Figure 5. Contribution of Wild and Domestic Large Mammals over Time on the Great Hungarian Plain: "introduced" sheep and goat, "local" domesticated cattle and pigs, and large wild animals (aurochs, wild pigs, red deer) by cultural period.  These charts show the trends in percentages from the Early Neolithic (EN) through the Early Copper Age. Sheep and goats are predominant in the Early Neolithic but their presence greatly diminishes from the Middle to the Late Neolithic. In the Early Copper Age, sheep and goat make a strong comeback. There are few cattle and swine in the EN and their numbers increase in the Middle Neolithic (MN) and drop slightly in the Late Neolithic (LN). In the Early Copper Age (ECA), cattle and swine increase again. Wild animals contribute only a small percent in the Early and increase slightly in the Middle Neolithic. In the LN there is a huge surge of wild animals, which represents increased hunting. In the ECA, wild animals drop off drastically. Data for EN, MN, and LN from Bartosiewicz 2005.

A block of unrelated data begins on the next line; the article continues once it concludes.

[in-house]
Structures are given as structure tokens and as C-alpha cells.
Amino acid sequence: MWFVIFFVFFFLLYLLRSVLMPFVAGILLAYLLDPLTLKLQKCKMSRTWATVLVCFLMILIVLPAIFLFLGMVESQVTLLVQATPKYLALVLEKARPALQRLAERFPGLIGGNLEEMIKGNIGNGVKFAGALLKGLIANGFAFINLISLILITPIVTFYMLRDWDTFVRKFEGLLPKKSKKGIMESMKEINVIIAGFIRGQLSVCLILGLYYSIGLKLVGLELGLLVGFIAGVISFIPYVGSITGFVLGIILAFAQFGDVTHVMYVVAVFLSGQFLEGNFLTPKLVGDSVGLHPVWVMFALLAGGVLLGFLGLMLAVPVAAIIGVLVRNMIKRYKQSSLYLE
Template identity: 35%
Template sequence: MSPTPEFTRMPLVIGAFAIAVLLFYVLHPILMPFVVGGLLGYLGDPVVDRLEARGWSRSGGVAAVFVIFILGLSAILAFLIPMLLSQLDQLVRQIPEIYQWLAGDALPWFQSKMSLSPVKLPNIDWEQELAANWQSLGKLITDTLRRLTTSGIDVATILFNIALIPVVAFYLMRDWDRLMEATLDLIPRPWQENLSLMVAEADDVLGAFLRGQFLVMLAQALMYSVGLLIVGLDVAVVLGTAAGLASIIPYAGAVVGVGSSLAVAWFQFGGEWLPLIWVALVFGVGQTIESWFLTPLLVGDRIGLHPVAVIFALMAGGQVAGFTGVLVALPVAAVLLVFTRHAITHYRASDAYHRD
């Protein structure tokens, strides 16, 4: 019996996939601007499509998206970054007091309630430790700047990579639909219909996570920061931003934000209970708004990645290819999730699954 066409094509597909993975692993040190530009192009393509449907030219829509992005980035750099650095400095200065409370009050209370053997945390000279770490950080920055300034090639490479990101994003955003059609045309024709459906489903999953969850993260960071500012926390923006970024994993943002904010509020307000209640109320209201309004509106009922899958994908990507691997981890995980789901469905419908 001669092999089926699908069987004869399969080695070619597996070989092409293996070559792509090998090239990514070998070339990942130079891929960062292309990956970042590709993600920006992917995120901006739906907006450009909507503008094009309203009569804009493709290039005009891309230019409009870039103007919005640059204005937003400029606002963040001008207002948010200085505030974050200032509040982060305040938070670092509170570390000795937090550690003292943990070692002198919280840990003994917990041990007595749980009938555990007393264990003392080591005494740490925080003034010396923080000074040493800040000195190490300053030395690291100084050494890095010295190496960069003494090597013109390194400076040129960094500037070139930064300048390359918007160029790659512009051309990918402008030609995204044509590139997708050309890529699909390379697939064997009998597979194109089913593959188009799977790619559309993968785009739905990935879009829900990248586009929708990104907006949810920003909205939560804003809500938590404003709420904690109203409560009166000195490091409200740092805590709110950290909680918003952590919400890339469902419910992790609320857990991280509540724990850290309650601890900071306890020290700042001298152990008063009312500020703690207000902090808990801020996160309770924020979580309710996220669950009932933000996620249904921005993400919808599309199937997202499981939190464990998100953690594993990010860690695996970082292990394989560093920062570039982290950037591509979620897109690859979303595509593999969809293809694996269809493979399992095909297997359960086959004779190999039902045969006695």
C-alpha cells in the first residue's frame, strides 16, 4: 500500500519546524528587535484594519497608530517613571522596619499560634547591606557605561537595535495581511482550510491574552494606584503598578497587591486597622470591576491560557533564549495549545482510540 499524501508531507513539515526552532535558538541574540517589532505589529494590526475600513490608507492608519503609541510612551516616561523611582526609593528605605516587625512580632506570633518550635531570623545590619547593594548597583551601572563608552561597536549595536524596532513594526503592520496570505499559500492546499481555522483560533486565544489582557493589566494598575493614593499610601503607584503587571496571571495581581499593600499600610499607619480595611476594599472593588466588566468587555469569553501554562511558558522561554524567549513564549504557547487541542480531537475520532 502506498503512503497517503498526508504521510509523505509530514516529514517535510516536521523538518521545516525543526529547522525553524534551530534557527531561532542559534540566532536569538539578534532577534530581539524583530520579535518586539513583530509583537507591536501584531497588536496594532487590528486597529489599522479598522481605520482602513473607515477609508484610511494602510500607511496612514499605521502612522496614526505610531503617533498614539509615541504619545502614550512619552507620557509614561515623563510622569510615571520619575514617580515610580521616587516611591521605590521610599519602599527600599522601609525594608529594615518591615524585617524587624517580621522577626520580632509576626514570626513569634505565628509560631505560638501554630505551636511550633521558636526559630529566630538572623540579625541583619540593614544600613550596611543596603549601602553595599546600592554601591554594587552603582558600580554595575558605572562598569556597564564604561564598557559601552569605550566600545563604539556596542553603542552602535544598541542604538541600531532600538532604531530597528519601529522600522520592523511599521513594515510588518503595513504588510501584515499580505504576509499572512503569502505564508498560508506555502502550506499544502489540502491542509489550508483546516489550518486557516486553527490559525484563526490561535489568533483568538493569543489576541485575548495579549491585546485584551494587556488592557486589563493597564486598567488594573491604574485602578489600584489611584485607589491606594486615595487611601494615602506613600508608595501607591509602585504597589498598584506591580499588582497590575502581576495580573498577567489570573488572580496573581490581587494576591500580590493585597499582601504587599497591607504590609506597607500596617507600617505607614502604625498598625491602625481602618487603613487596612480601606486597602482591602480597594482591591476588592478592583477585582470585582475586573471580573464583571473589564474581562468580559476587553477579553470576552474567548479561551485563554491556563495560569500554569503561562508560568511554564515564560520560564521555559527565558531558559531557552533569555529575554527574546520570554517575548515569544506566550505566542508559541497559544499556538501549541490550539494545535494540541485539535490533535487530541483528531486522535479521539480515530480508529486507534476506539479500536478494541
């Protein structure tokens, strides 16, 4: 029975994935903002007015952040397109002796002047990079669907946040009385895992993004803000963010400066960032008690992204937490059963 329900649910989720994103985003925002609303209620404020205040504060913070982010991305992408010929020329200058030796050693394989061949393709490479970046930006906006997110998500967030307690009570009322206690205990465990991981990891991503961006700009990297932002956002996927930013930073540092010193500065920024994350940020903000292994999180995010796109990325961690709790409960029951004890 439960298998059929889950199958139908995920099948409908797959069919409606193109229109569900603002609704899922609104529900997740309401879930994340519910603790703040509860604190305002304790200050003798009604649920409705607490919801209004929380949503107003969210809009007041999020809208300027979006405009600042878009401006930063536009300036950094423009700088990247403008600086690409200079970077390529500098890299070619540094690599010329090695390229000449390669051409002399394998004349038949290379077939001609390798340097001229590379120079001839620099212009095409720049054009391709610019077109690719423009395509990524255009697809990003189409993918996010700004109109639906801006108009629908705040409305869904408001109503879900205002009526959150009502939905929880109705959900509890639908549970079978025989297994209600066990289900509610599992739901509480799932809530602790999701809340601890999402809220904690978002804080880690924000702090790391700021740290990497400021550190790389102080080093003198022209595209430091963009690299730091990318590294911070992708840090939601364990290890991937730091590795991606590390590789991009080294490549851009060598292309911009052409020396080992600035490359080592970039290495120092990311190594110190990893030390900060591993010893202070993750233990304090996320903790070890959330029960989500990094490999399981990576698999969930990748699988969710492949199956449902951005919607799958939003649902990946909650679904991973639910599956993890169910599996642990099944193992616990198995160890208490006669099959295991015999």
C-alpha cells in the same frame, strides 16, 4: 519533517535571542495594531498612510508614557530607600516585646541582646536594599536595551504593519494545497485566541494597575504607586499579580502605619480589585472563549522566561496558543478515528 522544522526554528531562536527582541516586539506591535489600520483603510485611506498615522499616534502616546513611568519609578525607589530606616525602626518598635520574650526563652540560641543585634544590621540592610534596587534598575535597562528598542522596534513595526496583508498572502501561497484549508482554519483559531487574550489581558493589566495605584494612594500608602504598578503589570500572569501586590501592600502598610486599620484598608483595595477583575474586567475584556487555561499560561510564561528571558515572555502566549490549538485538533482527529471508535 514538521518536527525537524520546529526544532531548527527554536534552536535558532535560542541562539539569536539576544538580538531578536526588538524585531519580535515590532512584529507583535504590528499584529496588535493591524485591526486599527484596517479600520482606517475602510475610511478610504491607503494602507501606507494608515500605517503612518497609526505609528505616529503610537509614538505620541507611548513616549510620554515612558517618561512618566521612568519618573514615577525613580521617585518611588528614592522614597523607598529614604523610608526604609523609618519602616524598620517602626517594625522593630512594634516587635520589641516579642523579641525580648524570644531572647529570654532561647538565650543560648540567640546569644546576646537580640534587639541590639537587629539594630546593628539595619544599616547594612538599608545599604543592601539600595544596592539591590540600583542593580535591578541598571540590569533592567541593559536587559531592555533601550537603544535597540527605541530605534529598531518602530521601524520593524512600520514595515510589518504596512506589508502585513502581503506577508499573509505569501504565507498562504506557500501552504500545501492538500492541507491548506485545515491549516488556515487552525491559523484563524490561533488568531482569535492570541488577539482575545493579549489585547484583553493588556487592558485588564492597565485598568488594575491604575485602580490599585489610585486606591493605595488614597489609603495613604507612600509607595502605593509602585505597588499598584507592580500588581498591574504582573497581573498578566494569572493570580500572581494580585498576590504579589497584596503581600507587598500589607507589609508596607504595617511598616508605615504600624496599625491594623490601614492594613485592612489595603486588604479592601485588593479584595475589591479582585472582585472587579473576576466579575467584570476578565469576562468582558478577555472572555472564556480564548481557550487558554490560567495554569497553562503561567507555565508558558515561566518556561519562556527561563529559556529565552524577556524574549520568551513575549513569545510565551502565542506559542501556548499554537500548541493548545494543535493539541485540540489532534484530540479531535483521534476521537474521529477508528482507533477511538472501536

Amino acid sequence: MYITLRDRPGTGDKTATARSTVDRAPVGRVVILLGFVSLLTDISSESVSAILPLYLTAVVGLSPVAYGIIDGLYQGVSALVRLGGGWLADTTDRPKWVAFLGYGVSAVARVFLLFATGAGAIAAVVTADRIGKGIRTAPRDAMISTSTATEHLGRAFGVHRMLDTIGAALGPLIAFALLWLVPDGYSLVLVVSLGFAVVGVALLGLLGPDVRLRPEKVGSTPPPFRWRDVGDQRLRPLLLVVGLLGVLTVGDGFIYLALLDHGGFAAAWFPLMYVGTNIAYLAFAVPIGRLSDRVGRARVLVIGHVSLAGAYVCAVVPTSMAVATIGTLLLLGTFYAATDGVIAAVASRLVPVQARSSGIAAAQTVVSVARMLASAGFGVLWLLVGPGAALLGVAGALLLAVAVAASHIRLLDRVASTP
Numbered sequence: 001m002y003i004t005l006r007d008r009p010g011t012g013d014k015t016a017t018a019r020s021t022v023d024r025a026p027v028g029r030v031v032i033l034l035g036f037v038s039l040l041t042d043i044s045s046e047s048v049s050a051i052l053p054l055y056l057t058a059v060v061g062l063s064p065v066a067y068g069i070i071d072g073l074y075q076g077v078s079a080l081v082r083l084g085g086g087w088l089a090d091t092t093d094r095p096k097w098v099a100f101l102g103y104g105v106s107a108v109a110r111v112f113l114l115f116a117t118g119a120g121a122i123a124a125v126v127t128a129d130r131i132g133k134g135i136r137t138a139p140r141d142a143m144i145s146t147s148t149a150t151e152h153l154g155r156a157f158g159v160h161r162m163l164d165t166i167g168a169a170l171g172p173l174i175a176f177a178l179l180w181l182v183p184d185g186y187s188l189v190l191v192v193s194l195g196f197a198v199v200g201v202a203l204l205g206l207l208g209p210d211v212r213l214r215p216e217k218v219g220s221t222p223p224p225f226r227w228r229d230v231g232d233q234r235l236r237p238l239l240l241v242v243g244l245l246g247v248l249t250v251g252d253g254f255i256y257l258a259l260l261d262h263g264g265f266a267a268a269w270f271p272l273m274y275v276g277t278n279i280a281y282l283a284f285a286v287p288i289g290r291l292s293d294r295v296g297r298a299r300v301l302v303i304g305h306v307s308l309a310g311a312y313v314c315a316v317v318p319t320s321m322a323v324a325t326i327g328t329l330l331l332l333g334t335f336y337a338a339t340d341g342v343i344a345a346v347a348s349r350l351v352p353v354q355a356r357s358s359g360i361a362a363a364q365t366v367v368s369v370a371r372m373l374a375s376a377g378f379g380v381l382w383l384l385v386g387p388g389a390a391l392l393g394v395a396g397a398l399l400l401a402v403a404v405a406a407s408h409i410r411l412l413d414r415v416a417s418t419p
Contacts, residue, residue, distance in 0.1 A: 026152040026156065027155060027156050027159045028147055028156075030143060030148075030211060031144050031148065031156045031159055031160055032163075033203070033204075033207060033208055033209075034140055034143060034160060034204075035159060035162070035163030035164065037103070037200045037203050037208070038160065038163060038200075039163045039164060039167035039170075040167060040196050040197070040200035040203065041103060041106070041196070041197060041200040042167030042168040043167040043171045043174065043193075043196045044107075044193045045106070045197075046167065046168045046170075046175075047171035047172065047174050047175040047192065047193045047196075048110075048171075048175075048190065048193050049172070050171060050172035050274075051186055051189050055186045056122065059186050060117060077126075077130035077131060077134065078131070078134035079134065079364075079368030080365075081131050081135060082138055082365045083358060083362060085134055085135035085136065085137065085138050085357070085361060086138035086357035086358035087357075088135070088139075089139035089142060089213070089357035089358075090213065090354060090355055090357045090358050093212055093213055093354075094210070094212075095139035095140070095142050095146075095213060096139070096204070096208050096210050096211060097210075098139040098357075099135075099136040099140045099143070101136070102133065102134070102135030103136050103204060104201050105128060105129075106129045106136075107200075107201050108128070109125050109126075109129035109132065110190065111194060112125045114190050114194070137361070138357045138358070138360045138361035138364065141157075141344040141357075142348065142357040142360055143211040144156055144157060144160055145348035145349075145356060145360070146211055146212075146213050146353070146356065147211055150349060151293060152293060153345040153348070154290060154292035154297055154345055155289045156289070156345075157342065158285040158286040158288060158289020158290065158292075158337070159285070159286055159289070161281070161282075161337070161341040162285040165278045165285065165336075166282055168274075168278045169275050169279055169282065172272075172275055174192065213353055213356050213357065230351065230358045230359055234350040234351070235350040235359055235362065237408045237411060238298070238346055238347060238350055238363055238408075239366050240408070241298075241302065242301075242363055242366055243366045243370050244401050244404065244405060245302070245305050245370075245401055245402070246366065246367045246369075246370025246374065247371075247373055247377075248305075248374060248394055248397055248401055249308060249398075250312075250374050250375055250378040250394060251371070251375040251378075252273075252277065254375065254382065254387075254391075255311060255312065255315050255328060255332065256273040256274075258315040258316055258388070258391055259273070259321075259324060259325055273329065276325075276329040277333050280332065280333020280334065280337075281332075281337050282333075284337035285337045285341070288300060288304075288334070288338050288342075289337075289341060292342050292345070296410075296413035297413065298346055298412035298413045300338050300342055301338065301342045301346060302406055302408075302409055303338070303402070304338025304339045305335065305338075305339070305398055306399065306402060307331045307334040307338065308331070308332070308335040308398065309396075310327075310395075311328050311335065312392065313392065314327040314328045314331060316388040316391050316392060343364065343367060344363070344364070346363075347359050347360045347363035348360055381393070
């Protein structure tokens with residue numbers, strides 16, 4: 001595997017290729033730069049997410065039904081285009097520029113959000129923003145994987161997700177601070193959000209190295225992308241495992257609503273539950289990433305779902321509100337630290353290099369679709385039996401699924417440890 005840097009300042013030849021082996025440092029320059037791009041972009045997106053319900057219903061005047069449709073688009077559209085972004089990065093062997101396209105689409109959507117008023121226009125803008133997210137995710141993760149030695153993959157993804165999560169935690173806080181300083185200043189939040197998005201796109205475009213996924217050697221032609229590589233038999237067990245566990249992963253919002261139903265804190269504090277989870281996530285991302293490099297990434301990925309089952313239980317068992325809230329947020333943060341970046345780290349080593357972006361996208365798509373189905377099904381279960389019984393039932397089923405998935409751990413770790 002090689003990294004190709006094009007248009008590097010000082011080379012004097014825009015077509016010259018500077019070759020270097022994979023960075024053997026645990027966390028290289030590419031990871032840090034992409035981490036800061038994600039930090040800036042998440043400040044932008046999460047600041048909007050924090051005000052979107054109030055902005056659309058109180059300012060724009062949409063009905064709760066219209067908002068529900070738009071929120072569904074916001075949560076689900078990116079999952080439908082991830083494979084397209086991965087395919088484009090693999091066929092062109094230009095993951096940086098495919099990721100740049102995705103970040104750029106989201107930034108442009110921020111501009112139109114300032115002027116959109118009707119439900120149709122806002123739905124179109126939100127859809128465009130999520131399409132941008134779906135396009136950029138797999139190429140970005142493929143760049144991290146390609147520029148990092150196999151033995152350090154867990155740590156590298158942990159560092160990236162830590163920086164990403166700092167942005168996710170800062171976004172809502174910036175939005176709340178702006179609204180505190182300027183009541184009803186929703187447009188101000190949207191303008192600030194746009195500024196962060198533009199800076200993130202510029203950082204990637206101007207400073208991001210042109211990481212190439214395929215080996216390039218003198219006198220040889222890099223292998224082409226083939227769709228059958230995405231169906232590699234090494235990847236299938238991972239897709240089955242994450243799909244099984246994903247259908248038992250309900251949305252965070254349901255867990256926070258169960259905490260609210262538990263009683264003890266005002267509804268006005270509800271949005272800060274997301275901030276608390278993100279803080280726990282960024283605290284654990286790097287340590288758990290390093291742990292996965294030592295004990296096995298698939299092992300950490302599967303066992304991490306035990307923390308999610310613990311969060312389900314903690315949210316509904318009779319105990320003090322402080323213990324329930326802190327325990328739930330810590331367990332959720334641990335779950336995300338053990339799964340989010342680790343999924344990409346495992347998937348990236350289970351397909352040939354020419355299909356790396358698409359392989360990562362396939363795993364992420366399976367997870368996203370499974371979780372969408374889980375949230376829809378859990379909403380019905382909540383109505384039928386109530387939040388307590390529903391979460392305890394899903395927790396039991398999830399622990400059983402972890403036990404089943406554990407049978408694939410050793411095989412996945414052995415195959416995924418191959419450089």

Figure 5. Contribution of Wild and Domestic Large Mammals over Time on the Great Hungarian Plain: "introduced" sheep and goat, "local" domesticated cattle and pigs, and large wild animals (aurochs, wild pigs, red deer) by cultural period. These charts show the trends in percentages from the Early Neolithic (EN) through the Early Copper Age. Sheep and goats are predominant in the Early Neolithic but their presence greatly diminishes from the Middle to the Late Neolithic. In the Early Copper Age, sheep and goat make a strong comeback. There are few cattle and swine in the EN and their numbers increase in the Middle Neolithic (MN) and drop slightly in the Late Neolithic (LN). In the Early Copper Age (ECA), cattle and swine increase again. Wild animals contribute only a small percent in the Early and increase slightly in the Middle Neolithic. In the LN there is a huge surge of wild animals, which represents increased hunting. In the ECA, wild animals drop off drastically. Data for EN, MN, and LN from Bartosiewicz 2005.